Bye, Bye Miss American Pie….Whatever Happened to the Republican Party

A new era for America’s children?

By Peter Fenn, opinion contributor The Hill 3/20/2021

President Biden has signed into law a $1.9 trillion dollar relief plan that many had thought impossible just months ago.

Despite Republican Congressional opposition, Biden successfully ushered in the popular acceptance of a new role for government, overturning a more than 40-year trend in government bashing. The American Rescue Plan, widely supported across the country, certainly contrasts with President Reagan’s Inaugural line, “In this present crisis, government is not the solution to the problem. Government is the problem.”

From FDR’s New Deal in the 1930s through the 1960s, there was widespread acceptance that the federal government needed to step up to the plate when the public’s health, safety and economic well-being were in peril. Now, it may be possible to create a national consensus for key priorities.

There has been a lot of talk about infrastructure for a dozen years — but no action. Same is true for Social Security and Medicare reform, overhaul of our education system, immigration reform, climate change and a host of other problems that won’t disappear with benign neglect.

Political polarization, obstructionism, failure to compromise have all been the order of the day.

There is one area, however, that may provide common ground for those of different parties and political persuasions: protecting our children. There has been widespread agreement in the need for child tax credits, and ever since the George W. Bush administration up until the Biden relief bill, we have seen Democrats and Republicans get on board. Conservatives such as Marco Rubio (R-Fla.), Mike Lee (R-Utah) and lately Mitt Romney (R-Utah) have worked on legislation.

There are a whole host of issues surrounding the welfare of children that are becoming top of mind, especially during the pandemic. In addition to temporarily cutting child poverty in half with the latest $1.9 trillion relief package, efforts to ensure affordable child care, expand Head Start and early childhood education, provide health care and expand nutrition programs should be addressed as soon as possible.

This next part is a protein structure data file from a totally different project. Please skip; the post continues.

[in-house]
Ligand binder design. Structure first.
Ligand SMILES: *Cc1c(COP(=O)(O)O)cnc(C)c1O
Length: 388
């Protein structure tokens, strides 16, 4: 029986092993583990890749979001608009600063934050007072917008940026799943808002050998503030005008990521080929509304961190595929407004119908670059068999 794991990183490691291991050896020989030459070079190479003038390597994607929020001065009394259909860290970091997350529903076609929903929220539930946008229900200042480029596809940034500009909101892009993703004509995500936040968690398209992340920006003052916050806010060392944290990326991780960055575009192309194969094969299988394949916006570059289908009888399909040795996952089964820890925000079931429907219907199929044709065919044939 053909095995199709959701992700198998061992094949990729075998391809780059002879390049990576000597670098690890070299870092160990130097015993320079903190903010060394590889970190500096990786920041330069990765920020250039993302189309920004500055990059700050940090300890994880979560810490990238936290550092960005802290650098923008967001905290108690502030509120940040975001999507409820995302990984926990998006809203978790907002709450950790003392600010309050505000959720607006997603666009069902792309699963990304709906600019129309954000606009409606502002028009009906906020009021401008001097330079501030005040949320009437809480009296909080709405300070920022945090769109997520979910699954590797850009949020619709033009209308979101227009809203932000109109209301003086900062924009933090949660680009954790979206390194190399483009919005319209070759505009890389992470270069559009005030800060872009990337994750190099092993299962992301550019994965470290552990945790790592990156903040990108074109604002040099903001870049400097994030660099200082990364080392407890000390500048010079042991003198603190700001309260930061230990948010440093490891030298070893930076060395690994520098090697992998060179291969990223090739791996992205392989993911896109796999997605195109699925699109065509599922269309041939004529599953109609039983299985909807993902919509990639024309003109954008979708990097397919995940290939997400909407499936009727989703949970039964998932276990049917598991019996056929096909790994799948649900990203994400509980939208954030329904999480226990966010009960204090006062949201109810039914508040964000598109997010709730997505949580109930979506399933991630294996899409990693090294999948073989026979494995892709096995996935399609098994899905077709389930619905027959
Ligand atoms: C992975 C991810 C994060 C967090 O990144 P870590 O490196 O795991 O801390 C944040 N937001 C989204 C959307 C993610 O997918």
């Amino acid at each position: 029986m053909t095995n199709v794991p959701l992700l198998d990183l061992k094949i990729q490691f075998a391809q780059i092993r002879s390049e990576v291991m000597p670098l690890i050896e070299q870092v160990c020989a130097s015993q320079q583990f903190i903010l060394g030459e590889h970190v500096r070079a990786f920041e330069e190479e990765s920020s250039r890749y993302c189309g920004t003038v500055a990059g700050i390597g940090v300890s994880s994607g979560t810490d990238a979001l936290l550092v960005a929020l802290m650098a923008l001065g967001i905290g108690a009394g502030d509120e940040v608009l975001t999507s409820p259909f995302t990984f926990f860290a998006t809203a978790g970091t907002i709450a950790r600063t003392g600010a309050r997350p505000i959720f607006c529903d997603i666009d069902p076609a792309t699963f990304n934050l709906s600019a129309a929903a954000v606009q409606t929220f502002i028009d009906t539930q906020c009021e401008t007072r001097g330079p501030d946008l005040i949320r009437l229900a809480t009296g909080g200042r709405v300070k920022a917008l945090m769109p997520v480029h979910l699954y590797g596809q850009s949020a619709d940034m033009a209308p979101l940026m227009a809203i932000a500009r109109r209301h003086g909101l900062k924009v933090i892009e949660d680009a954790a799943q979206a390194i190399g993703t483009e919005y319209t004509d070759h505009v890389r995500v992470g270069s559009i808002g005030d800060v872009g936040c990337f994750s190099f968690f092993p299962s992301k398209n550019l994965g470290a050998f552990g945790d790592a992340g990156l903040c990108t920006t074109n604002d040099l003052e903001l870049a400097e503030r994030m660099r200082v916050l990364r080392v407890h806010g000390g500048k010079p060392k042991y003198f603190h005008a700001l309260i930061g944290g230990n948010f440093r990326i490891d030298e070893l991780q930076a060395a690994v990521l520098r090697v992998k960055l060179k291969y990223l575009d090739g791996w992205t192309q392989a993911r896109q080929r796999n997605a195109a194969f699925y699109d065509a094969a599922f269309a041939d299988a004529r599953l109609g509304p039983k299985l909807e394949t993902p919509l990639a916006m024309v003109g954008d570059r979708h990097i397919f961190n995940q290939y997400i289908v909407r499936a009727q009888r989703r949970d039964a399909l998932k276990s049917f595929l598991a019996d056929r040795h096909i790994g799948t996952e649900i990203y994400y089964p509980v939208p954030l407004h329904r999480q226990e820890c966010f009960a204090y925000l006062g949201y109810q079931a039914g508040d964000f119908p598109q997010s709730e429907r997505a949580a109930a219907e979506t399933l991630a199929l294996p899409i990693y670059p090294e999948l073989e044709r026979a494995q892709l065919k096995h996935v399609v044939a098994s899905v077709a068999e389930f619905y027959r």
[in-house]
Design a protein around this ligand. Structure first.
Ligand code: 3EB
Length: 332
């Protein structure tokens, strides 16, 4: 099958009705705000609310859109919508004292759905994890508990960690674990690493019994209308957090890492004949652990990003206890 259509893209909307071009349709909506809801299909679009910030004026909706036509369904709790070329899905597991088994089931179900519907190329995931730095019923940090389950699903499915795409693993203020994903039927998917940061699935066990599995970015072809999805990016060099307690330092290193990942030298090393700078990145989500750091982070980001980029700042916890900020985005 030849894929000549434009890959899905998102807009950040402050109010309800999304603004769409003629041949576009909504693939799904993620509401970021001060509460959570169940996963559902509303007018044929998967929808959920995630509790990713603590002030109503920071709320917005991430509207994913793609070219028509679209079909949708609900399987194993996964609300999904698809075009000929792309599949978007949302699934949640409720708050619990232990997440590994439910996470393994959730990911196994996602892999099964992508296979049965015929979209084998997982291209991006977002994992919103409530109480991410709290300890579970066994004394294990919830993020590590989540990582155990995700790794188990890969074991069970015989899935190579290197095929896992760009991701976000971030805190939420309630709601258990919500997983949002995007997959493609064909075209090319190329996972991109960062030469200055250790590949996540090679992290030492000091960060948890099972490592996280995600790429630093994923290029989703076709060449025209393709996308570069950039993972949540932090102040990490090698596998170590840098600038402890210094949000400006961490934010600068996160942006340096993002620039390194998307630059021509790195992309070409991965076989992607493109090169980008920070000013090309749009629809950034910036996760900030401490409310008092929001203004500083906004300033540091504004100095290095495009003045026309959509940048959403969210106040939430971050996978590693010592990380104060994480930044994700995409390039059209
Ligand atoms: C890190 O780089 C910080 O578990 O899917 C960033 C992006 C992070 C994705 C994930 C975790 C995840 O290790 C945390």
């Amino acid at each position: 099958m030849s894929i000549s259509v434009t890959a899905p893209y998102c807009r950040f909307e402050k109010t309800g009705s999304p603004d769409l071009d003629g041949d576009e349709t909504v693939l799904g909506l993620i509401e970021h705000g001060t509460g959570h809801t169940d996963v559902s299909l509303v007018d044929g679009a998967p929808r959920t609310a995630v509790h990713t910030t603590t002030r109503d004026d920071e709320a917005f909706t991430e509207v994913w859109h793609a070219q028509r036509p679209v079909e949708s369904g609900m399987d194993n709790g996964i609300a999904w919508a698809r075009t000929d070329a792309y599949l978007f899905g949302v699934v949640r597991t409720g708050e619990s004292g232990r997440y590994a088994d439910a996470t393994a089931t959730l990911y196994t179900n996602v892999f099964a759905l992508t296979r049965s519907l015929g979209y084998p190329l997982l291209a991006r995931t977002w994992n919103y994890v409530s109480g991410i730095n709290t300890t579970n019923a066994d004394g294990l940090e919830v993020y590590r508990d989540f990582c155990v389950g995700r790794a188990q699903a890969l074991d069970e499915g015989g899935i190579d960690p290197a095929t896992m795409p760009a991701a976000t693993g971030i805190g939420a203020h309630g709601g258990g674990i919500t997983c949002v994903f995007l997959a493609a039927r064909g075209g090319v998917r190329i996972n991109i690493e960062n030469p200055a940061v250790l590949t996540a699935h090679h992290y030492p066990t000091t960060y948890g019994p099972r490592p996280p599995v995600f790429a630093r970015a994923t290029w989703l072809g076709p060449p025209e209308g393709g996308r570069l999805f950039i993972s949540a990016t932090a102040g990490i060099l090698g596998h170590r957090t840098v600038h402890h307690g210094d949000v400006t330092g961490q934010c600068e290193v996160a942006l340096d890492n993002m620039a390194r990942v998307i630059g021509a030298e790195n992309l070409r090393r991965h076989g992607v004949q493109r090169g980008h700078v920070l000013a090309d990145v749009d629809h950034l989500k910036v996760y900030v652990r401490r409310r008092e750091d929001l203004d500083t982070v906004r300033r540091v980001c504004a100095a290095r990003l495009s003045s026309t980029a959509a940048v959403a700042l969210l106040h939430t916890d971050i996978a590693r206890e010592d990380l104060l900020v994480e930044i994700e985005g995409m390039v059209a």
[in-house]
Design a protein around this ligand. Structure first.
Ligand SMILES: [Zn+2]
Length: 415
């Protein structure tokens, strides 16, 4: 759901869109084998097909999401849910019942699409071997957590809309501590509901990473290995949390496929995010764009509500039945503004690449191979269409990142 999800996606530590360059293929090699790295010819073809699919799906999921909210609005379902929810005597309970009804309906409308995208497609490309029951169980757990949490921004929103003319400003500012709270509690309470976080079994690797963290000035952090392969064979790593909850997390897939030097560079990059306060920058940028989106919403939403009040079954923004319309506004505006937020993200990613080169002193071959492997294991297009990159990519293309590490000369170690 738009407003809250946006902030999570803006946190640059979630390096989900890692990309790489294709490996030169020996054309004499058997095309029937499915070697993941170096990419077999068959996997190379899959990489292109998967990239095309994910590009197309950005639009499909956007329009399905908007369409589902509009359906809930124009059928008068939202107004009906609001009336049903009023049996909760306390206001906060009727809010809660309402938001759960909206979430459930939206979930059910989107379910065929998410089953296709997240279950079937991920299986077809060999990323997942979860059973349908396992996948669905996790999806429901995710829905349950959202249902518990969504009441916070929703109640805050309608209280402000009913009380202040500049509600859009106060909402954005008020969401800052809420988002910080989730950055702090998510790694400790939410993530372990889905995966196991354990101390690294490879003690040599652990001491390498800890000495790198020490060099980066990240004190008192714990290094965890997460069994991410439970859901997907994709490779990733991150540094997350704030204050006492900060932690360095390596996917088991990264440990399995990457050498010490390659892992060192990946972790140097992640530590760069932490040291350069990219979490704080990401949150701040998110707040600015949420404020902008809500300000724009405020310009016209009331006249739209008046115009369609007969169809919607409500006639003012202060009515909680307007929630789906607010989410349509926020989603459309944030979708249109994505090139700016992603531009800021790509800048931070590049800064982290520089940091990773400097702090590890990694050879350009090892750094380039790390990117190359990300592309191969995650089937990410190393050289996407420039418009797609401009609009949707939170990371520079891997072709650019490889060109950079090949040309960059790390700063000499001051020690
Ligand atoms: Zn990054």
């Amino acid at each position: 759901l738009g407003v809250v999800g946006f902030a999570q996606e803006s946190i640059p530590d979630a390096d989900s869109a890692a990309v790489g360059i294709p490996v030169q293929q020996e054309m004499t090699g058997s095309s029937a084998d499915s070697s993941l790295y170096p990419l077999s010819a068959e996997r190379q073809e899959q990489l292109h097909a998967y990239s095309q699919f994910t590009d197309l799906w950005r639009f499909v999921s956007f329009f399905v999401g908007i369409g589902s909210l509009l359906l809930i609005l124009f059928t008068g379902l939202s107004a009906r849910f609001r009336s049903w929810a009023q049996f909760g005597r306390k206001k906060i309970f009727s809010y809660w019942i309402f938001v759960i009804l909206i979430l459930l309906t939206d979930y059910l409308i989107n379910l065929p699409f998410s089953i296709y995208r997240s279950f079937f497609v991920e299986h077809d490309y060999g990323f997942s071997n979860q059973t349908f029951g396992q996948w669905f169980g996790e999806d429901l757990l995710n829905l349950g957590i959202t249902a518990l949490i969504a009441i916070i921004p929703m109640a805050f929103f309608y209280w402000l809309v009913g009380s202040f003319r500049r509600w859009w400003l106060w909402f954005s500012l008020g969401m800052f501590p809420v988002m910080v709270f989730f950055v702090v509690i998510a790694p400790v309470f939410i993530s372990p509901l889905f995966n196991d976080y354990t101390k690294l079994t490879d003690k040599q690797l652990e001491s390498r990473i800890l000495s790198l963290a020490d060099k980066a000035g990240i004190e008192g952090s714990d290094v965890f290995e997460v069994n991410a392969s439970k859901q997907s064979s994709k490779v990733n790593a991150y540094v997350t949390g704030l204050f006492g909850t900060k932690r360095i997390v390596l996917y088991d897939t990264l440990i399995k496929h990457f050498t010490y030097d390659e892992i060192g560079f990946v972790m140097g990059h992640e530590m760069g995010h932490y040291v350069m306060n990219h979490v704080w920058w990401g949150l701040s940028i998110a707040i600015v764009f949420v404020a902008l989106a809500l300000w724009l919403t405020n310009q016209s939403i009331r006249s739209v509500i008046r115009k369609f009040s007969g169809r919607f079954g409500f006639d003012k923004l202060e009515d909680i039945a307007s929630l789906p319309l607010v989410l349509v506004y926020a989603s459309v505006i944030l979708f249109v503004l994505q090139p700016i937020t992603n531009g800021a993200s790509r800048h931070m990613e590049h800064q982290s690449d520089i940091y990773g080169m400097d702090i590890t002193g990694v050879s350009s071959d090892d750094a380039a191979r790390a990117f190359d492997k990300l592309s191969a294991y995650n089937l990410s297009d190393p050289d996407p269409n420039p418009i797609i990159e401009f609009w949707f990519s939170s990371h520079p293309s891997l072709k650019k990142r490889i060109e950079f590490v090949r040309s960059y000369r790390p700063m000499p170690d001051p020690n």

One idea to highlight the focus on children, suggested by my colleague Andrew Yarrow, is the reinstitution of the White House Conference on Children. First initiated by President Theodore Roosevelt in 1909 to promote a “high standard of child protection by the national government,” these conferences were held every ten years, often with delegations from around the world.

The last conference was held in 1971, when Richard Nixon was President, to examine health care, day care, early childhood education and attacking racism. Interesting how relevant those topics are still.

There are 74 million children in the United States today. Of those, nearly 11 million are poor, about 1 in 7.

Over the five decades since 1971, we have moved many millions of seniors out of poverty; now it is time we did the same for children and struggling families.

The American Rescue Plan is a start, but many of the parts of that bill, including tax credits, are only temporary to bridge the gap caused by the pandemic.

It is time to consider re-establishing a White House Conference on Children, with the full backing and endorsement of Republicans and Democrats alike. It could have co-chairs from both parties and an equal membership of party leaders, along with experts on the issues confronting our children. We may not be able to achieve immediate agreement on some of the other tough problems we face, but this should be something we can all agree on: the health and welfare of our kids.

Peter Fenn is a long-time Democratic political strategist who served on the Senate Intelligence Committee, was a top aide to Sen. Frank Church and was the first director of Democrats for the 80s, founded by Pamela Harriman. He also co-founded the Center for Responsive Politics/Open Secrets. Follow him on Twitter @peterhfenn.

Am I Racist? — The Hill


Am I racist?

Am I racist?
© Getty Images

Like many liberal white Americans — indeed, many Americans period — I’m reconsidering things. Am I racist, do I not get it as a privileged white guy?

After all, at the age of 15, I was on the mall in August of 1963 for Martin Luther King’s “I Have a Dream” speech at the Lincoln Memorial. I traded my “JFK in ’64” campaign button for an NAACP hat.

When we first moved to Washington in 1961, we ignored a neighbor’s advice not to go to the public pool at Glen Echo Park that had just been integrated; coming from up north, we didn’t understand what the problem was. I fought back against a junior high classmate who maintained that science showed that blacks were intellectually inferior to whites.

My father was director of personnel in the Kennedy White House and actively recruited African Americans for top-level administration jobs.  He and others, including Robert Kennedy, were offered memberships in exclusive clubs that did not admit blacks and, instead, formed the Federal City Club, which did.

When I was a student in the late 1960s and had Hubert Humphrey as a professor at Macalester College, I participated with him and many others in demonstrations for fair housing in the Twin Cities of St Paul and Minneapolis.

My eventual boss in the Senate, Frank Church (D-Idaho), had helped integrate the local Kenwood Golf Club in the 1960s by filing a lawsuit; he had helped secure passage of the 1957 Civil Rights Bill in the Senate earlier in his career. He didn’t do these things because there was a large African American constituency in Idaho to represent, but because it was the right thing to do.

As a political consultant, I worked for, and learned from, the Chair of the D.C. City Council, civil rights icon John Wilson. One of my early clients was Congressman Bobby Scott (D-VA), now the Chairman of the House Education and Labor Committee and the first African American to serve Virginia in Congress since Reconstruction.